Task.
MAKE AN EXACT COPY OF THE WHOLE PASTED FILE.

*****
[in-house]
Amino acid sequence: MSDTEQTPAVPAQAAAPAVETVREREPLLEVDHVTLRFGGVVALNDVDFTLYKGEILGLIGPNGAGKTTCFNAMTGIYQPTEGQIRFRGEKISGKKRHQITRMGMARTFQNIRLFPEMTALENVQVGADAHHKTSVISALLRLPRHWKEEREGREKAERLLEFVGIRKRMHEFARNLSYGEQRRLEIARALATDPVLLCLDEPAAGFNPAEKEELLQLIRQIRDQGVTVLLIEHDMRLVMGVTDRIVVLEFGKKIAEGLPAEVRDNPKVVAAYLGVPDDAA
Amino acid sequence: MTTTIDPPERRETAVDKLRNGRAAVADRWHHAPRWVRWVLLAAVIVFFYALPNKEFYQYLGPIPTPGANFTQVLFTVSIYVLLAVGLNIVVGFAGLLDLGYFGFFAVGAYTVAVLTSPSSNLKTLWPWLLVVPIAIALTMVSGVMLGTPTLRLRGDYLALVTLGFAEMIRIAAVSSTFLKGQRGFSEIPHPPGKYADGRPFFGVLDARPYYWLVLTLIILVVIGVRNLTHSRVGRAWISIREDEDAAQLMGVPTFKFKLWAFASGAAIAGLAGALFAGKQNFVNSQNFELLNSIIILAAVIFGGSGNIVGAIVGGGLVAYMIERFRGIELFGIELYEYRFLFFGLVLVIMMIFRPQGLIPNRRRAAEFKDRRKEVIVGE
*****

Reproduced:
[in-house]
Amino acid sequence: MSDTEQTPAVPAQAAAPAVETVREREPLLEVDHVTLRFGGVVALNDVDFTLYKGEILGLIGPNGAGKTTCFNAMTGIYQPTEGQIRFRGEKISGKKRHQITRMGMARTFQNIRLFPEMTALENVQVGADAHHKTSVISALLRLPRHWKEEREGREKAERLLEFVGIRKRMHEFARNLSYGEQRRLEIARALATDPVLLCLDEPAAGFNPAEKEELLQLIRQIRDQGVTVLLIEHDMRLVMGVTDRIVVLEFGKKIAEGLPAEVRDNPKVVAAYLGVPDDAA
Amino acid sequence: MTTTIDPPERRETAVDKLRNGRAAVADRWHHAPRWVRWVLLAAVIVFFYALPNKEFYQYLGPIPTPGANFTQVLFTVSIYVLLAVGLNIVVGFAGLLDLGYFGFFAVGAYTVAVLTSPSSNLKTLWPWLLVVPIAIALTMVSGVMLGTPTLRLRGDYLALVTLGFAEMIRIAAVSSTFLKGQRGFSEIPHPPGKYADGRPFFGVLDARPYYWLVLTLIILVVIGVRNLTHSRVGRAWISIREDEDAAQLMGVPTFKFKLWAFASGAAIAGLAGALFAGKQNFVNSQNFELLNSIIILAAVIFGGSGNIVGAIVGGGLVAYMIERFRGIELFGIELYEYRFLFFGLVLVIMMIFRPQGLIPNRRRAAEFKDRRKEVIVGE